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Conflict Takes Heavy Toll On Journalists

In what has been a grave four days for the profession, journalists in at least three hotspots – Afghanistan, Syria and Ukraine’s Crimea – have come in harm’s way.

On Tuesday, Swedish journalist Nils Horner was shot dead in Kabul. Canadian freelance photographer Ali Mustafa was killed by a barrel bomb in Aleppo on Sunday, while on Saturday, Abdul Qadar, a cameraman working for Beirut-based Al-Mayadeen TV station was shot dead while covering clashes between Syrian forces and rebels in Deir Al-Zour.
Meanwhile on Sunday, Ukrainian journalist Olena Maksymenko ofUkrainsky Tizhden and freelance photographer Oles Kromplyas went missing on the Crimean border.

Horner’s death was confirmed by the Swedish embassy in Kabul reported Associated Press. AP quoted Gul Agha Hashinmi, head of Kabul’s Criminal Investigation Department saying two suspects had been nabbed over the shooting that had taken place in an affluent quarter of Afghanistan’s capital. Horner who worked for Swedish Radio had died on admission to hospital.
Ali Mustapha was killed by a barrel bomb (a crude explosive device usually dropped by helicopters or low-flying aircraft on heavily populated areas) while he was photographing the destruction caused by another bomb in which seven people died. The incident occurred in Aleppo’s Al-Hadariyeh District, said the Paris-based Reporters without Borders(RWB/RSF).
The New York-based Committee to Protect Journalists(CPJ) said Al-Mayadeen for which Qadar worked is a pro-Syrian government outfit and the cameraman was hit in the neck by a sniper. CPJ said his body was shown by pro-government news outlets being carried by government personnel.
“The deaths of Omar Abdul Qader and Ali Mostafa are a tragic reminder that Syria remains the most dangerous country in the world,” said CPJ’s Middle East and North Africa program coordinator, Sherif Mansour. “Even as players in the conflict change their positions, and the balance of power shifts, one thing remains constant: Journalists face a myriad of dangers in Syria.”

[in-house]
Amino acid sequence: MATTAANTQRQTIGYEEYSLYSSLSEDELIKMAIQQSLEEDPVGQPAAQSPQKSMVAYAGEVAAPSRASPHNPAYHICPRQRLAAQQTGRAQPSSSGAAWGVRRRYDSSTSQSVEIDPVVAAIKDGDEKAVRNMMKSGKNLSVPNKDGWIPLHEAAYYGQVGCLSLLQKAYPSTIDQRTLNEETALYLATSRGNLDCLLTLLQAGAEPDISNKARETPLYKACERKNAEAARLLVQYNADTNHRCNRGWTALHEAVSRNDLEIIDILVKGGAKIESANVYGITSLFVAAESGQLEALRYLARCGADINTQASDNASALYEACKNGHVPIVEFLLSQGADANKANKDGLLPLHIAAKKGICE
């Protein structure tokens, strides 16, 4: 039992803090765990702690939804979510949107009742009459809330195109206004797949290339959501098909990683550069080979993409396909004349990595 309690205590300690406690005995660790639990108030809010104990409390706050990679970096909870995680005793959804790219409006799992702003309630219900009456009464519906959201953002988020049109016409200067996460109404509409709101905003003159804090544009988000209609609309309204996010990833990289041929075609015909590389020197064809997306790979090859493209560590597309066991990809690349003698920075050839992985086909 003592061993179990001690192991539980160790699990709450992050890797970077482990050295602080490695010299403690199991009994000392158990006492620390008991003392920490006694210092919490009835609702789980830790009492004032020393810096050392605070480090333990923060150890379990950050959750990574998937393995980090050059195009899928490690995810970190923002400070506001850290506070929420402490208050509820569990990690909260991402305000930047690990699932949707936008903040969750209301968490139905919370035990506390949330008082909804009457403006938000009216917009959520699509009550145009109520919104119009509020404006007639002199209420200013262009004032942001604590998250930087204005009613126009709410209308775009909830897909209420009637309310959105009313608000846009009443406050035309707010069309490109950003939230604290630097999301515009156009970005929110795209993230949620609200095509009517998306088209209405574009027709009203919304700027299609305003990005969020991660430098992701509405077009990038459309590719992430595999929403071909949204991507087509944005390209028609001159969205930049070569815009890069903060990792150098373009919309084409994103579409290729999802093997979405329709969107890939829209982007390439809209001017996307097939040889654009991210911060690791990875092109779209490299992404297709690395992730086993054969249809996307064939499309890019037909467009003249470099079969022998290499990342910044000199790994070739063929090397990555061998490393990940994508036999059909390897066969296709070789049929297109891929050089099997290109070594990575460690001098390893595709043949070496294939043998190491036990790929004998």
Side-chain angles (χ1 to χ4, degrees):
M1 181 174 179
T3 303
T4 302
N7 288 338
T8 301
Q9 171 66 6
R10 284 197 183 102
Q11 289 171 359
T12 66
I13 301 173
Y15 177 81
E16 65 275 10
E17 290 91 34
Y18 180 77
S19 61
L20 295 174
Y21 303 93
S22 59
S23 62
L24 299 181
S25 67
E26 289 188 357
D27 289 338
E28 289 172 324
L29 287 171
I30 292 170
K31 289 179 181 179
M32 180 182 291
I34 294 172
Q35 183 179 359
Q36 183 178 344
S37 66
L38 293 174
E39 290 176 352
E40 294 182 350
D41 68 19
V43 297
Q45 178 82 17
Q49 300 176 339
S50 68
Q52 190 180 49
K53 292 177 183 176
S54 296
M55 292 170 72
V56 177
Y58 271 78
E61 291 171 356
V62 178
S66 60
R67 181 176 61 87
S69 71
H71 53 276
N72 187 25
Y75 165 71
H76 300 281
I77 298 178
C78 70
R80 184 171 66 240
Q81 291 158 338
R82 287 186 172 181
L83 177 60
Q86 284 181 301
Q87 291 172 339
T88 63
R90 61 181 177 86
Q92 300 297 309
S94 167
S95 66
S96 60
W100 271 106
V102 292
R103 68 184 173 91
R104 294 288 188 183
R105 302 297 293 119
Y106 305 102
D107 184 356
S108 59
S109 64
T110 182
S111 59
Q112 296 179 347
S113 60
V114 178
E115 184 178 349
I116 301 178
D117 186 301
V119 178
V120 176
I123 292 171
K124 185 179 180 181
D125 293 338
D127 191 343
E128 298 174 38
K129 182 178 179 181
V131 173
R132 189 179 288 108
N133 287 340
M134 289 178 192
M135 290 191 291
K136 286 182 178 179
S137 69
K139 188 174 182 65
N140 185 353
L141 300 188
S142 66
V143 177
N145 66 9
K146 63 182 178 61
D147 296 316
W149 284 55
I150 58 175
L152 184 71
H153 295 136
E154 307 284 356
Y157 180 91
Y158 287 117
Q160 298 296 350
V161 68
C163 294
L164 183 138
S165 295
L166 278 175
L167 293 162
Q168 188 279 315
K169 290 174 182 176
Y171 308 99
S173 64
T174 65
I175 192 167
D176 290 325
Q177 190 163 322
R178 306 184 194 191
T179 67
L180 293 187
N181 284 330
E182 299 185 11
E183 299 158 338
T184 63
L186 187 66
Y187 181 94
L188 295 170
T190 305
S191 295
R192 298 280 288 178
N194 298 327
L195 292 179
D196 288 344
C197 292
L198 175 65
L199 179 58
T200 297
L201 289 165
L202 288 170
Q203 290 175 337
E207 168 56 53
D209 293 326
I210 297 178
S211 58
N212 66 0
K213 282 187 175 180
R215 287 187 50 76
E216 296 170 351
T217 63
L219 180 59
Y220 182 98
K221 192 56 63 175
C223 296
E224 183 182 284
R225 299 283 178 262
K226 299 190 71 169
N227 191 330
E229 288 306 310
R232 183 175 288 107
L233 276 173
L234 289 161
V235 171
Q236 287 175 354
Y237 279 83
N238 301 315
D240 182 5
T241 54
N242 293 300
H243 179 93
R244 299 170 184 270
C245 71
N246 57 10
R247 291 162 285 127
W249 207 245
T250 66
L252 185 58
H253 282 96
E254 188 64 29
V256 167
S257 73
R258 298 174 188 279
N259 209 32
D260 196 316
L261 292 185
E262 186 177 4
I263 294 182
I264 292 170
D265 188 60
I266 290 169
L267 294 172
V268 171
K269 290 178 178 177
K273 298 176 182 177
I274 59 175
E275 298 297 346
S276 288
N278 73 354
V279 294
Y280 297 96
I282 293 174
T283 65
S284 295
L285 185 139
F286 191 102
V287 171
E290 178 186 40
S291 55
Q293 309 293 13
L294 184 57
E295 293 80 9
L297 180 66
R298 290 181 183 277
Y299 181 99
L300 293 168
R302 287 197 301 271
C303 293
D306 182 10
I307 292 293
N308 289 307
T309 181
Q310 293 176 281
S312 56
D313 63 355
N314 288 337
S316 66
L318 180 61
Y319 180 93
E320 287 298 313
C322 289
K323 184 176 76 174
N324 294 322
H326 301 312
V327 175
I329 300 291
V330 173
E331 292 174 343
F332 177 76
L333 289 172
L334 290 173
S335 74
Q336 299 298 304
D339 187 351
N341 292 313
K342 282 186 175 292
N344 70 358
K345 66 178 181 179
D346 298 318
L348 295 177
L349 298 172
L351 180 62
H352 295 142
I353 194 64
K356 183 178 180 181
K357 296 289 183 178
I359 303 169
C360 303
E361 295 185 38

In Crimea, Maksymenko disappeared with two other activists Kateryna Butko and Aleksandra Ryazantseva. RSFsaid all three supported of the new government in Kiev. They had set off from Kherson in southern Ukraine by car to Crimea and last seen at the checkpoint in Perekop on Sunday at 4.00 p.m. RSF said they were identified by Oleksiy Byk a journalist withGlavkom kneeling with their hands tied before being taken away. Byk said Maksymenko was wearing a press badge.
This was only prelude Byk’s own ordeal as he with photographer Oles Kromplyas and their driver Yevhen Rakhno were also arrested. Their car was searched by men wearing uniforms without insignia and cameras thrown to the ground. Byk was released because his brother arrived at scene and vouched that he was a Crimean resident, but nothing has been heard of Rakhno and Kromplyas since.
“The forces controlling the Crimea are responsible for the fate of these journalists,” RSF’s secretary-general Christophe Deloire said. “We demand that they provide immediate information about their location and state of health, and that they release them without delay.”